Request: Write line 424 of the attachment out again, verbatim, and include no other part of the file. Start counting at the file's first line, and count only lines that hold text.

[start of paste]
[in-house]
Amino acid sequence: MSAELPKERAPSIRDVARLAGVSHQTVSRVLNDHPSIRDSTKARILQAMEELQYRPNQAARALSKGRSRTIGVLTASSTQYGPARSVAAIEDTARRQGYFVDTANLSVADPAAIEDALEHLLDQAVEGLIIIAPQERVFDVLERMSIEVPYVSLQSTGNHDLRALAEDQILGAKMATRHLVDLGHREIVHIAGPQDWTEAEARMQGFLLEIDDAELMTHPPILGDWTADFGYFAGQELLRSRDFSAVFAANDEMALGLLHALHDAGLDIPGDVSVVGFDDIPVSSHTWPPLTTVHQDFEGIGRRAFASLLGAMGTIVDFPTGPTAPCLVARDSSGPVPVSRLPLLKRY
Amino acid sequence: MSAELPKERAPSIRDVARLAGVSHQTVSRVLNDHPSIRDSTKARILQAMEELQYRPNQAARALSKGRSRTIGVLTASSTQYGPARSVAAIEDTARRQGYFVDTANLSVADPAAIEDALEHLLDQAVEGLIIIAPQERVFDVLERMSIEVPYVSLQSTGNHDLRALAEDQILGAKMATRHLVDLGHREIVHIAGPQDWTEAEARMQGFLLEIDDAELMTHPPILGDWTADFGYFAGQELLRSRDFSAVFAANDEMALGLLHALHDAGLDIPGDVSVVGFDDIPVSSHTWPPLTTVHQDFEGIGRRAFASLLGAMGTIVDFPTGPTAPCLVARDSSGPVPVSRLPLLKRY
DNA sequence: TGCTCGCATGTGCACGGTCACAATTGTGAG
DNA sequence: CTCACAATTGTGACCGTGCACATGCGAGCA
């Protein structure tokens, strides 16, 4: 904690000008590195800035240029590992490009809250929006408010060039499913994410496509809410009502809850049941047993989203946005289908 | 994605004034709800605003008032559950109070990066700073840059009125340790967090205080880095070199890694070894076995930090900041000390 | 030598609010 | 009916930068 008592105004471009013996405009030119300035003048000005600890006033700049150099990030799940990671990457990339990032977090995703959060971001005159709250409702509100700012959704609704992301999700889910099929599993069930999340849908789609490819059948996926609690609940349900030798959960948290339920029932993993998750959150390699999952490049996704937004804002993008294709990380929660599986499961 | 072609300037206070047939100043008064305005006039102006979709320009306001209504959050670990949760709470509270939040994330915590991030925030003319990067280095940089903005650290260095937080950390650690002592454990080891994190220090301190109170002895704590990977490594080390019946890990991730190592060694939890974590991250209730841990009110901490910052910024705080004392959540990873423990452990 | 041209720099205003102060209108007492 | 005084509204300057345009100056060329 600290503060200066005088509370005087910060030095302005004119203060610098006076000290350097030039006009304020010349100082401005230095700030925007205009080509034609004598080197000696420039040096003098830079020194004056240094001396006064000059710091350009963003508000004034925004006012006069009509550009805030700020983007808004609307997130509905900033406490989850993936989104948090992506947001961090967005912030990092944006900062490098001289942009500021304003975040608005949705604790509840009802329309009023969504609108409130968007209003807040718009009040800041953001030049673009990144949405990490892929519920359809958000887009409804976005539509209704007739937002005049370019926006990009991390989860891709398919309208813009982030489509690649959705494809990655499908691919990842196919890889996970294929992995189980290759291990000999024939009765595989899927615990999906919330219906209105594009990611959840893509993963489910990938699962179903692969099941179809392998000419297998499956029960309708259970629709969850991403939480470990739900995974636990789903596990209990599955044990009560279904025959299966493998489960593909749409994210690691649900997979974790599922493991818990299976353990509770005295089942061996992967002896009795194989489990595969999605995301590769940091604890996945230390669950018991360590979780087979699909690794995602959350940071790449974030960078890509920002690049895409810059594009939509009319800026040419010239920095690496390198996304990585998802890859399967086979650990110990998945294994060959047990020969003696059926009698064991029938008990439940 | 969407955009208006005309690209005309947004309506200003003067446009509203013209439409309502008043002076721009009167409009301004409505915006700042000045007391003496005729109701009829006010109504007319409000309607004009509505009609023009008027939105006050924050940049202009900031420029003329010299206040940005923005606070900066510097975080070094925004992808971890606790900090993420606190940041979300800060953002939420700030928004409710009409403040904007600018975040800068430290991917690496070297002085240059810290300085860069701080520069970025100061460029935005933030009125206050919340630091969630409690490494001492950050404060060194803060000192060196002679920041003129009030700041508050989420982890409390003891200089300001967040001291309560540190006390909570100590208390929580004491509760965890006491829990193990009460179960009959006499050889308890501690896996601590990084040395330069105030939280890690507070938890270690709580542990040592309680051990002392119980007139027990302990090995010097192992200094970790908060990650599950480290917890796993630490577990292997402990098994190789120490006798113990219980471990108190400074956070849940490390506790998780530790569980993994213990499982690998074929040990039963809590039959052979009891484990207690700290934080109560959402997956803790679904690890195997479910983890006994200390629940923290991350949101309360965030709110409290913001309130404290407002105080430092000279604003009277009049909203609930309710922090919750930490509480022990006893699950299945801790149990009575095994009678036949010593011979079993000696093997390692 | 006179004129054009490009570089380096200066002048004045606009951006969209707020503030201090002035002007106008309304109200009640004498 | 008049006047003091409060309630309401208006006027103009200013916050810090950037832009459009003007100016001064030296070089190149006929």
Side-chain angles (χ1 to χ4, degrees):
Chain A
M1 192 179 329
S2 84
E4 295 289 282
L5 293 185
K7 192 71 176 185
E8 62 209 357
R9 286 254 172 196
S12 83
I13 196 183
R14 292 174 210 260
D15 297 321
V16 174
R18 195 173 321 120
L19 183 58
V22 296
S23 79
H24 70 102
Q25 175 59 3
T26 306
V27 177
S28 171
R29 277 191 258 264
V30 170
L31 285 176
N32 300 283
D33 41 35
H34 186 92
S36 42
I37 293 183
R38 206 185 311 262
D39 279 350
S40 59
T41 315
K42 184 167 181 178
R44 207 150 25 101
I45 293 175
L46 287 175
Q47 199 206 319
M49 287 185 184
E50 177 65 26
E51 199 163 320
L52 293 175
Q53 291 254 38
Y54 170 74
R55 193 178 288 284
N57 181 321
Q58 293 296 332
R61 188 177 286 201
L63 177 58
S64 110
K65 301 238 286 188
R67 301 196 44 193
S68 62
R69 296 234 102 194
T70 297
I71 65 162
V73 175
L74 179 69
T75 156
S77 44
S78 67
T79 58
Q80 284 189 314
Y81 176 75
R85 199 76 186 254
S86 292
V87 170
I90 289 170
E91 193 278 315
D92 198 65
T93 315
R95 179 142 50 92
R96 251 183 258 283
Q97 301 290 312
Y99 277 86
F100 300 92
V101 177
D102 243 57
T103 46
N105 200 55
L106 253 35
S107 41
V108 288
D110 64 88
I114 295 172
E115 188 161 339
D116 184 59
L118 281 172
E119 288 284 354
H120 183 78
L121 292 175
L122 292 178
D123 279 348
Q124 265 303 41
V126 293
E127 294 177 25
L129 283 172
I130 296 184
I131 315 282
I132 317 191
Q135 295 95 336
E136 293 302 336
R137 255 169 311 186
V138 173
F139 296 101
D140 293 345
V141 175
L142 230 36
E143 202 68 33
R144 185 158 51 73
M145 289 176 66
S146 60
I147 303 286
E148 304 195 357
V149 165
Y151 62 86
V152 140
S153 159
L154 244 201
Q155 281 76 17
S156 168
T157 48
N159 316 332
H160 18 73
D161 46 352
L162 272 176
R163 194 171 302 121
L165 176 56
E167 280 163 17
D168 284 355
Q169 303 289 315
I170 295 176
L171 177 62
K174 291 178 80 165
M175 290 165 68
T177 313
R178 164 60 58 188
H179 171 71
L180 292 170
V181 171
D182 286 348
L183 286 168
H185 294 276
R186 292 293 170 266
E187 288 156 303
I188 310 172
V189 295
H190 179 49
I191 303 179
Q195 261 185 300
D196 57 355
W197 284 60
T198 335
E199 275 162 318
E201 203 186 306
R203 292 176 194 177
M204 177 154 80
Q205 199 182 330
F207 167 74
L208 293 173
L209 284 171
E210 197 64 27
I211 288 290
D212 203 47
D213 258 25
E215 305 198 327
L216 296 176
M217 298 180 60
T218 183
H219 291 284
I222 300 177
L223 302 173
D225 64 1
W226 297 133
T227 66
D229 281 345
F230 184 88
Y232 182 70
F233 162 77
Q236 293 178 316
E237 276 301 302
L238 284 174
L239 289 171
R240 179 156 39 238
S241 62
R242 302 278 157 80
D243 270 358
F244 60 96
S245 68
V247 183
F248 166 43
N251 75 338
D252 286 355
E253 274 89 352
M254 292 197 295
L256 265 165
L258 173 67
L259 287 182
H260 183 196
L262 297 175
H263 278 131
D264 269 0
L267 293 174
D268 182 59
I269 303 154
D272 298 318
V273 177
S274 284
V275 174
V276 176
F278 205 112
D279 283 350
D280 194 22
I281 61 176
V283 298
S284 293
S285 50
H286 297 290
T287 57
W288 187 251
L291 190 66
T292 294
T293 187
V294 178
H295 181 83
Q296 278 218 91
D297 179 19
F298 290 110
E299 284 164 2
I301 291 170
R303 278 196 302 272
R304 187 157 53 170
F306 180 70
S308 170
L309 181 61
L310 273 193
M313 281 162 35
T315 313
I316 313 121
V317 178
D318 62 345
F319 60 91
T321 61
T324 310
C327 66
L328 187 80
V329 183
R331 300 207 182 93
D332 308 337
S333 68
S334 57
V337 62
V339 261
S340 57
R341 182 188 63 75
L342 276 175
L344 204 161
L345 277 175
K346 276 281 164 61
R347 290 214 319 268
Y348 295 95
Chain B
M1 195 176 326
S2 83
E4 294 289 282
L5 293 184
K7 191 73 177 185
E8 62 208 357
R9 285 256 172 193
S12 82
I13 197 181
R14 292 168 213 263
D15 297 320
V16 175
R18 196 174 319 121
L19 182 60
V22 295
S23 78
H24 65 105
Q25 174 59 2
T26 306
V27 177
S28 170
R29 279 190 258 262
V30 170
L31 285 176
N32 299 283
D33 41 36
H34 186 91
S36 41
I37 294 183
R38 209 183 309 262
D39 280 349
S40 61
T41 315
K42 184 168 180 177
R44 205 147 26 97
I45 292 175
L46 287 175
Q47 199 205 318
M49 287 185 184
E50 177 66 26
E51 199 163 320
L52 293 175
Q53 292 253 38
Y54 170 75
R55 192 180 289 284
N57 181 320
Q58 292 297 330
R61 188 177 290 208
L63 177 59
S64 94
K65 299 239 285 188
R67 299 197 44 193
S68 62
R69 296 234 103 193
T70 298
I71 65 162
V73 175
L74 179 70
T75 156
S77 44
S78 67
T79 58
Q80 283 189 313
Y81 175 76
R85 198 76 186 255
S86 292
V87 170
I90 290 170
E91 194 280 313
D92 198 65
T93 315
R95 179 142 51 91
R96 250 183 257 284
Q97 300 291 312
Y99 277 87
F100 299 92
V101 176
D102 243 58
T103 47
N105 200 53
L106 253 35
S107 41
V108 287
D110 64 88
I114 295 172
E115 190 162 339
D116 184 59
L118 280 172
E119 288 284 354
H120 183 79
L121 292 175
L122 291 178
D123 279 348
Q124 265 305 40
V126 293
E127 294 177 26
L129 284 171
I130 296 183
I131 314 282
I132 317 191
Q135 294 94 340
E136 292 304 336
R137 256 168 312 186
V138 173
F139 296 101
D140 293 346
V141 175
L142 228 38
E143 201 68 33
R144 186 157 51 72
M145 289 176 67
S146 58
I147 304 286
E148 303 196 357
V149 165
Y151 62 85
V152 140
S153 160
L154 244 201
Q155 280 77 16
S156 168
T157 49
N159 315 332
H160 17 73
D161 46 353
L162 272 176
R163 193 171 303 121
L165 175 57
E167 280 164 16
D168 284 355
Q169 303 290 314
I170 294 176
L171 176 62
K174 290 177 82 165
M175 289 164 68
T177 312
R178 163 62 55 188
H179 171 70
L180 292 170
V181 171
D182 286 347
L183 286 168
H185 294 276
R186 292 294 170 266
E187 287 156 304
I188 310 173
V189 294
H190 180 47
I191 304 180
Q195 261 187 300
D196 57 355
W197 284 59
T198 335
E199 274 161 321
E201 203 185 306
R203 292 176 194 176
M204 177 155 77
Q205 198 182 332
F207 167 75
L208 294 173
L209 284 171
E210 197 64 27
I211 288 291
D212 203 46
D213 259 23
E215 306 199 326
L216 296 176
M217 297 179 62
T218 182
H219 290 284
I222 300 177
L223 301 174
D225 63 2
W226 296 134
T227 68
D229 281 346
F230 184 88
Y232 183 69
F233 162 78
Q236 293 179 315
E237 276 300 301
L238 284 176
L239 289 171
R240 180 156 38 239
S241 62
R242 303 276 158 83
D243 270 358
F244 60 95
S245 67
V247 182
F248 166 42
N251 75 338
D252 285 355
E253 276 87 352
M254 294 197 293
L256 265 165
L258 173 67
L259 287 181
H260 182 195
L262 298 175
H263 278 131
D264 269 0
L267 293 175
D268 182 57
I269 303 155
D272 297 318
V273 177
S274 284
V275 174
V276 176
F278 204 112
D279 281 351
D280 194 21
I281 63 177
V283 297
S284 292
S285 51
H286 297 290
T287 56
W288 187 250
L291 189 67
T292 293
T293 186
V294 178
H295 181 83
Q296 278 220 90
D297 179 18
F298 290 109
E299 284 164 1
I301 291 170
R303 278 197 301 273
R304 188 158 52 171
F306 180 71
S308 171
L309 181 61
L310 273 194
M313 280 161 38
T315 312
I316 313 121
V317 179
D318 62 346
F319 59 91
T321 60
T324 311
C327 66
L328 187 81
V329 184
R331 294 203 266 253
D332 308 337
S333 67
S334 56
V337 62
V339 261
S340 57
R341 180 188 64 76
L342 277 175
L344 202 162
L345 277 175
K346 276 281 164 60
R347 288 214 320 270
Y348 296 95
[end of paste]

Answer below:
E199 274 161 321